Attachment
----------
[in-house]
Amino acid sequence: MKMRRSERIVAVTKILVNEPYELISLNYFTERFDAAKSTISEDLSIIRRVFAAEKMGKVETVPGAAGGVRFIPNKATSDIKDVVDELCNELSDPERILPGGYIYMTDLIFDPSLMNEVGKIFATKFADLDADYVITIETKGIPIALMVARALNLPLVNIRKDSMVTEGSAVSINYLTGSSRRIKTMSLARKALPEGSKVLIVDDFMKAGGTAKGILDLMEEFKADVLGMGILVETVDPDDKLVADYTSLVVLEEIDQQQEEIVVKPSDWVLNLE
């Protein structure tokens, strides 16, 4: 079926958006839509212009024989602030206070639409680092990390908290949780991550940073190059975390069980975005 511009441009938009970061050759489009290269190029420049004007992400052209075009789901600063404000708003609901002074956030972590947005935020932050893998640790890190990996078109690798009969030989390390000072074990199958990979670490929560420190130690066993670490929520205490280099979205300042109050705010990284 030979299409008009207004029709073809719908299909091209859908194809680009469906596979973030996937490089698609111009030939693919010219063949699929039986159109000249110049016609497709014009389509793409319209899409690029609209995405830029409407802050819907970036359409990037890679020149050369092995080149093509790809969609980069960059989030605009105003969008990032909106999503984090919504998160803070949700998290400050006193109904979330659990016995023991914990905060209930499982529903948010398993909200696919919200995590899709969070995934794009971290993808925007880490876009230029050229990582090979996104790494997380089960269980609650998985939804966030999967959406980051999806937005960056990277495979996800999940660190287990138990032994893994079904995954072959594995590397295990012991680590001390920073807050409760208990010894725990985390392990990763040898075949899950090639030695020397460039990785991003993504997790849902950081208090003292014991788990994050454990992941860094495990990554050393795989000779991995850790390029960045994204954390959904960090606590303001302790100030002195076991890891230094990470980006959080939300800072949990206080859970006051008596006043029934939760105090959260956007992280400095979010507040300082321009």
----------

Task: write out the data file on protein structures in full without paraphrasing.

[in-house]
Amino acid sequence: MKMRRSERIVAVTKILVNEPYELISLNYFTERFDAAKSTISEDLSIIRRVFAAEKMGKVETVPGAAGGVRFIPNKATSDIKDVVDELCNELSDPERILPGGYIYMTDLIFDPSLMNEVGKIFATKFADLDADYVITIETKGIPIALMVARALNLPLVNIRKDSMVTEGSAVSINYLTGSSRRIKTMSLARKALPEGSKVLIVDDFMKAGGTAKGILDLMEEFKADVLGMGILVETVDPDDKLVADYTSLVVLEEIDQQQEEIVVKPSDWVLNLE
């Protein structure tokens, strides 16, 4: 079926958006839509212009024989602030206070639409680092990390908290949780991550940073190059975390069980975005 511009441009938009970061050759489009290269190029420049004007992400052209075009789901600063404000708003609901002074956030972590947005935020932050893998640790890190990996078109690798009969030989390390000072074990199958990979670490929560420190130690066993670490929520205490280099979205300042109050705010990284 030979299409008009207004029709073809719908299909091209859908194809680009469906596979973030996937490089698609111009030939693919010219063949699929039986159109000249110049016609497709014009389509793409319209899409690029609209995405830029409407802050819907970036359409990037890679020149050369092995080149093509790809969609980069960059989030605009105003969008990032909106999503984090919504998160803070949700998290400050006193109904979330659990016995023991914990905060209930499982529903948010398993909200696919919200995590899709969070995934794009971290993808925007880490876009230029050229990582090979996104790494997380089960269980609650998985939804966030999967959406980051999806937005960056990277495979996800999940660190287990138990032994893994079904995954072959594995590397295990012991680590001390920073807050409760208990010894725990985390392990990763040898075949899950090639030695020397460039990785991003993504997790849902950081208090003292014991788990994050454990992941860094495990990554050393795989000779991995850790390029960045994204954390959904960090606590303001302790100030002195076991890891230094990470980006959080939300800072949990206080859970006051008596006043029934939760105090959260956007992280400095979010507040300082321009």